28 April 2013

Extant Assets - Phipps Plaza, Atlanta, GA

Atlanta, the de facto capital of the South, is quite the surprising place. Sure, there's as much Scarlet O'Hara and NASCAR as everyone expects, but there's also the world's busiest airport, the deep south's only heavy rail subway system, a vibrant gay scene and Phipps Plaza.

 
Phipps Plaza Mallmanac ca. 2003. View the full PDF version here.

Located in the fashionable Buckhead district to the north of downtown, Phipps Plaza is perhaps overshadowed by the pure scope and size of its neighbor, Lenox Square. I myself always preferred Lenox simply because just walking into the warm wooden and marble confines of Phipps always made me feel so poor. And this place had a Saks, a Lord and Taylor, and (in my opinion) the most uppity of them all, Parisian.

 
L- Lord and Taylor and the mall's main entrance facing Peachtree Road. R- Saks Fifth Avenue, the mall's oldet extant anchor.

When working for Delta Air Lines, I was no longer a poor college student, so I regularly flew (for free) from Huntsville to Atlanta, hopped on MARTA, and rode the Gold Line up to Buckhead just to do some shopping. When living in a place like Huntsville, Alabama where Macy's is considered upmarket, it was nice to browse stores like Kenneth Cole and Armani.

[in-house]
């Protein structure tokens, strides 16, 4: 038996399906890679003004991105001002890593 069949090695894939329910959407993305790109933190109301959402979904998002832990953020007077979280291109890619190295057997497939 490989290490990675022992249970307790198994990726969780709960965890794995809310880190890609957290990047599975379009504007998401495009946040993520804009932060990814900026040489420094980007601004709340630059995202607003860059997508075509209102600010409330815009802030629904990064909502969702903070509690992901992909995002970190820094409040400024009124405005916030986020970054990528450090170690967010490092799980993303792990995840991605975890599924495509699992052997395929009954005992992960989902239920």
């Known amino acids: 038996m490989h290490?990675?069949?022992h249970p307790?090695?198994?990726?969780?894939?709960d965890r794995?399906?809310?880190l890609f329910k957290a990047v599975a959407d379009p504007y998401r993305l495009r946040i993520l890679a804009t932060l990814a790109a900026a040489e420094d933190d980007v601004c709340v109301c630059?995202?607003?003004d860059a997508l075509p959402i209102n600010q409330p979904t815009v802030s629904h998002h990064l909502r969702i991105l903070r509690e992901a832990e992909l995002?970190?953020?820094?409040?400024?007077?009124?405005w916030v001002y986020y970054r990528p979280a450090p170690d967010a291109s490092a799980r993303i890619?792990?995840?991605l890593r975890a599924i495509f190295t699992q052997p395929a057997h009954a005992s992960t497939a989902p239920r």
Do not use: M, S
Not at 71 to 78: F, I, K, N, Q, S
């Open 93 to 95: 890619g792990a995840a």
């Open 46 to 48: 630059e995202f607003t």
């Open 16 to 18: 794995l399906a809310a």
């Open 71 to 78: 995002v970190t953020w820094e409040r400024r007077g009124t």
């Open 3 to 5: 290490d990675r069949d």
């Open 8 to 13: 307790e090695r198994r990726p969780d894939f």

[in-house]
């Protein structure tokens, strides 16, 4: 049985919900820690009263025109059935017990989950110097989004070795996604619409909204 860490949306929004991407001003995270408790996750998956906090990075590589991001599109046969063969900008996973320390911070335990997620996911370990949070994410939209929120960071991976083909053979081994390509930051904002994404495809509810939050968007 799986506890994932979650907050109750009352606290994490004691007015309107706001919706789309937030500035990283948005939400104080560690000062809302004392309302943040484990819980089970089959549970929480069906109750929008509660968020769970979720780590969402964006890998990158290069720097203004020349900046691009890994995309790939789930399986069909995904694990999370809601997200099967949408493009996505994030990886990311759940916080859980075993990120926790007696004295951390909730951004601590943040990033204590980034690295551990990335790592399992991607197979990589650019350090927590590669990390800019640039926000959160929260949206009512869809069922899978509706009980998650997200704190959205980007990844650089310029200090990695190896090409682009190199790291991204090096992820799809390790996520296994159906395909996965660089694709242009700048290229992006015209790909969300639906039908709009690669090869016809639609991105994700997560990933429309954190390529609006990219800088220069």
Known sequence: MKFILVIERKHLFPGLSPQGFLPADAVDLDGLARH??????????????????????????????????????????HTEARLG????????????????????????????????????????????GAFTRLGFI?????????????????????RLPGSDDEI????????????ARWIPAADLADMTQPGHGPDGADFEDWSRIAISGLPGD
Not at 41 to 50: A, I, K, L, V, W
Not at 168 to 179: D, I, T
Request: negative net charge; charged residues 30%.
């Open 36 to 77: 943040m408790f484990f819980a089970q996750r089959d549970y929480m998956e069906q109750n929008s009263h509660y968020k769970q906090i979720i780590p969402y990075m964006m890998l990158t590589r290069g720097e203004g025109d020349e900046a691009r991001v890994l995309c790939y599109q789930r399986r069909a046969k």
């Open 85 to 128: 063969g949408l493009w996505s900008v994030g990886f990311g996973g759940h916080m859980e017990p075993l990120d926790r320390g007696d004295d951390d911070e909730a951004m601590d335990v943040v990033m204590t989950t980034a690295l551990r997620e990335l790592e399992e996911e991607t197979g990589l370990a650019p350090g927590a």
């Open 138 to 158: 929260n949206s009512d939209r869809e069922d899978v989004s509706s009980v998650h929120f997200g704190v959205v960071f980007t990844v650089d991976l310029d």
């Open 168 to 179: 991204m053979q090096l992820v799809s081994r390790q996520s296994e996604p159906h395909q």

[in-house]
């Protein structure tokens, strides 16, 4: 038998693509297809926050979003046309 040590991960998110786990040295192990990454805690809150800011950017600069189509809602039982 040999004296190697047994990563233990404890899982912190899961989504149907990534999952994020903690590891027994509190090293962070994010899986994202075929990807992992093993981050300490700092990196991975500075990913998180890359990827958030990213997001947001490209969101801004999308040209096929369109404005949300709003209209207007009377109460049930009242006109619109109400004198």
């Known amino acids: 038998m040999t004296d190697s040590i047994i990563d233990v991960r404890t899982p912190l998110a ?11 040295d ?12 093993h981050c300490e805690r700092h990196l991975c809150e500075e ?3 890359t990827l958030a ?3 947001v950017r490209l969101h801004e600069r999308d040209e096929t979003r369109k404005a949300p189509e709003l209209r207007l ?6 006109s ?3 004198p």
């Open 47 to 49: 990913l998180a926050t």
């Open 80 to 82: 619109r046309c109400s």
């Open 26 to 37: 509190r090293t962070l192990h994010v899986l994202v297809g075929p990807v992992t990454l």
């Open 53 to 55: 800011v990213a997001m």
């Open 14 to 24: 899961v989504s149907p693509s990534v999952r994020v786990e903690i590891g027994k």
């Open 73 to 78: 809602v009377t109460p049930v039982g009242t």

L- Parisian mall entrance. R- The Center Court steps.

Phipps Plaza opened in 1969 as Atlanta's first double-tiered mall. It was your basic sixties dumbell shaped center with competeing anchors at each end. It opened just over a decade after its nearby sister mall, aiming to complement the more mid market Lennox by offering a much more upscale selection of stores and prices. A third level and anchor were added in 1992, and the mall retains that footprint to this day.


Phipps Plaza as of this writing.

It seems that Phipps Plaza remains the standard for luxury shopping in the south. Whenever other centers open in nearby cities offering just a sampling of the upper market stores that Phipps has, such as The Mall at Green Hills in Nashville or Parkway Place in Huntsville, the locals tend to nickname those places something to the tune of Little or Mini Phipps.


Phipps Plaza from the air. (Source)

Nordstrom took over the Lord and Taylor store when the latter retailer retrenched into the Northeast, while Belk took over the Parisian space with a buyout of the entire chain. Belk, in order to appease both the mall's owners and patrons, opened the new store as a flagship after complaints of their store's being too middle brow for the center. As they say, money talks. And the way it is now, it seems that Phipps will have a lot to say for many more years.

Phipps Plaza's official website

1 comment:

  1. Thanks!Here is a link to an old picture of Phipps.
    http://collections.atlantahistorycenter.com/export/get_item_viewer_image.php?alias=/Atlcc&i=124&height=600&width=600

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